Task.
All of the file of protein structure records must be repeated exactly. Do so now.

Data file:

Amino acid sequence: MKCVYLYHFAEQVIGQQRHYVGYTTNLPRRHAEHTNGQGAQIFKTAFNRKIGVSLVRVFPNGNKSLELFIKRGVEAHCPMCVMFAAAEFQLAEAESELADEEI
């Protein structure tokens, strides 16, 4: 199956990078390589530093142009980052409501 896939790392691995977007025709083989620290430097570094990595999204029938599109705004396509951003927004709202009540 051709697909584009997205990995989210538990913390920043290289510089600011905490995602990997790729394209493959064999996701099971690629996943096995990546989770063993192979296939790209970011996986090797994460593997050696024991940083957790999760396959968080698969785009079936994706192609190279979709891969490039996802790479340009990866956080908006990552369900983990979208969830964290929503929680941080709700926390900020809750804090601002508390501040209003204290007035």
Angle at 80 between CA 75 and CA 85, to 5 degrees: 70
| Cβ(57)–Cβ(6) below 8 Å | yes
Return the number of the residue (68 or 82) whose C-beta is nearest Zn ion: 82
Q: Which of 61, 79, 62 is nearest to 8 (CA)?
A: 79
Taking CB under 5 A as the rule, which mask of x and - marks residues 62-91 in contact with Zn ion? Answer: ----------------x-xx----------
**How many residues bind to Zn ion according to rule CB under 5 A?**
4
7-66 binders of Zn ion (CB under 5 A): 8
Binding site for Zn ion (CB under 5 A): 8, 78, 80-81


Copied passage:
Amino acid sequence: MKCVYLYHFAEQVIGQQRHYVGYTTNLPRRHAEHTNGQGAQIFKTAFNRKIGVSLVRVFPNGNKSLELFIKRGVEAHCPMCVMFAAAEFQLAEAESELADEEI
């Protein structure tokens, strides 16, 4: 199956990078390589530093142009980052409501 896939790392691995977007025709083989620290430097570094990595999204029938599109705004396509951003927004709202009540 051709697909584009997205990995989210538990913390920043290289510089600011905490995602990997790729394209493959064999996701099971690629996943096995990546989770063993192979296939790209970011996986090797994460593997050696024991940083957790999760396959968080698969785009079936994706192609190279979709891969490039996802790479340009990866956080908006990552369900983990979208969830964290929503929680941080709700926390900020809750804090601002508390501040209003204290007035």
Angle at 80 between CA 75 and CA 85, to 5 degrees: 70
| Cβ(57)–Cβ(6) below 8 Å | yes
Return the number of the residue (68 or 82) whose C-beta is nearest Zn ion: 82
Q: Which of 61, 79, 62 is nearest to 8 (CA)?
A: 79
Taking CB under 5 A as the rule, which mask of x and - marks residues 62-91 in contact with Zn ion? Answer: ----------------x-xx----------
**How many residues bind to Zn ion according to rule CB under 5 A?**
4
7-66 binders of Zn ion (CB under 5 A): 8
Binding site for Zn ion (CB under 5 A): 8, 78, 80-81